Pietro’s wild garlic “sugo” pasta sauce

I love making different pasta sauces, but realised, as we needed to start rationing to various degrees, that I can make even more delicious pasta sauces (‘sugo’ in Italian) with fewer ingredients. 

This consequently opened the door to create even more sugo variations – all based around wild garlic from our garden as the central theme. The key is never to be afraid to experiment.

The season for wild garlic tends to be April and May. It can be found on most walks. Only ever pinch off the leaves and leave the small bulbs in the ground untouched to regenerate. 

Choose your leaves carefully, especially when gathering in areas frequented by dogs. Always wash thoroughly!

Freshly picked wild garlic leaves

It takes about 2 mins to prepare and another 15-20 mins to cook. 


  • One red onion, finely chopped (white onions are also fine)
  • One stick of celery, finely chopped
  • Two rashers streaky bacon, chopped (optional)
  • A handful of garden herbs
  • Dried chilli flakes
  • Whisky smoked rock salt (or any salt!)
  • One tin of chopped tomatoes
  • A handful of wild garlic / wild leek leaves, roughly chopped

For the herbs, we’re lucky to have a variety growing in the garden. My absolute favourite is rosemary as the main herb, along with sage, thyme and perhaps a couple of leaves of lemon balm, chives and marjoram. At the end of the day, I’m not fussy, I’ll use whatever herbs are growing. I just love them and love to experiment


Add all of the above, except the tomatoes and wild garlic, to your sauté pan with some olive oil. Cover and leave to simmer for 2-3 mins.  I suggest a healthy pinch of dried chilli flakes (I love my lips to tingle – so adapt to your personal taste). I have chosen whisky smoked rock salt as I love the gentle flavour and notes the whisky brings.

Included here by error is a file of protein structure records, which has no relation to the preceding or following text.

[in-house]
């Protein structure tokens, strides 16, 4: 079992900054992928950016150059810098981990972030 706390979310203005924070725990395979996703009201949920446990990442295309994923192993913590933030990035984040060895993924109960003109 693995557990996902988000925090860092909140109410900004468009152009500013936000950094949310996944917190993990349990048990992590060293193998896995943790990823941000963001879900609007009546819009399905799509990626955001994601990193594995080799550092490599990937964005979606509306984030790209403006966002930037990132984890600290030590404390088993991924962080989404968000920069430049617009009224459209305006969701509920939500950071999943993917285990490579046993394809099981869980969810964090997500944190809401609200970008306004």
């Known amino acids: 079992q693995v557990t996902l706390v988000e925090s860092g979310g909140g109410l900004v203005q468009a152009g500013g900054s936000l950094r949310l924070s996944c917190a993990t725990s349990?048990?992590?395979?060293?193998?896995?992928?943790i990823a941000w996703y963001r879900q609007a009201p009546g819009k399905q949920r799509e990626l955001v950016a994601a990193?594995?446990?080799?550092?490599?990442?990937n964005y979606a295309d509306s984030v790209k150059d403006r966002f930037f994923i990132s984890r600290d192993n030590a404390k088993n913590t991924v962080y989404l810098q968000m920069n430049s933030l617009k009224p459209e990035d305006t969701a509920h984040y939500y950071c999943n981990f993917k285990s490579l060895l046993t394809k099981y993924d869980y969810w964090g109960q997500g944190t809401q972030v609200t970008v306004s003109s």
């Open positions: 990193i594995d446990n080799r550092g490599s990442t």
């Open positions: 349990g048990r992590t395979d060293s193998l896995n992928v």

Next, add a generous handful of roughly chopped wild garlic or wild leek and mix into the already simmering ingredients. Cover again while you open one tin of chopped tomatoes. I always use Napolina – as my mum always used Napolina when we were children. They’re always great quality. After adding the tomatoes, stir and leave to simmer for about 15 mins.

Remember to regularly taste your sugo, add seasoning as appropriate, stir and add water as necessary ( I tend to use the starchy water from the pasta – which you can have bubbling away in a separate pot). 

When your sugo begins to darken around the rim of the pan (you’ll know when you see it) it’s ready. 

As the sugo gently simmers, the individual ingredients begin to release their true flavours and embrace each other. There’s a quote along the lines of “It takes an orchestra to play a symphony” The same applies to most things in life, especially a sugo! This is why it’s important to regularly taste whatever you’re cooking!

If you’ve timed everything to military precision, the pasta should be nicely al dente as the sugo darkens. 

Drain your pasta and add to the sugo.

Turn off the cooker and gently weave your pasta into your beautiful sugo. 

Once fully coated, put the lid back on and leave for 2-3 minutes. This allows the pasta to fully embrace and gently soak up the sugo. 

Wild Garlic “sugo” pasta sauce

Now it’s ready to serve with some parmigiano cheese and a nice glass of wine. 

E voilà, “ Sugo all’Aglio Selvatico alla Pietro Cecchini! “ (Pietro Cecchini Wild Garlic Sauce).

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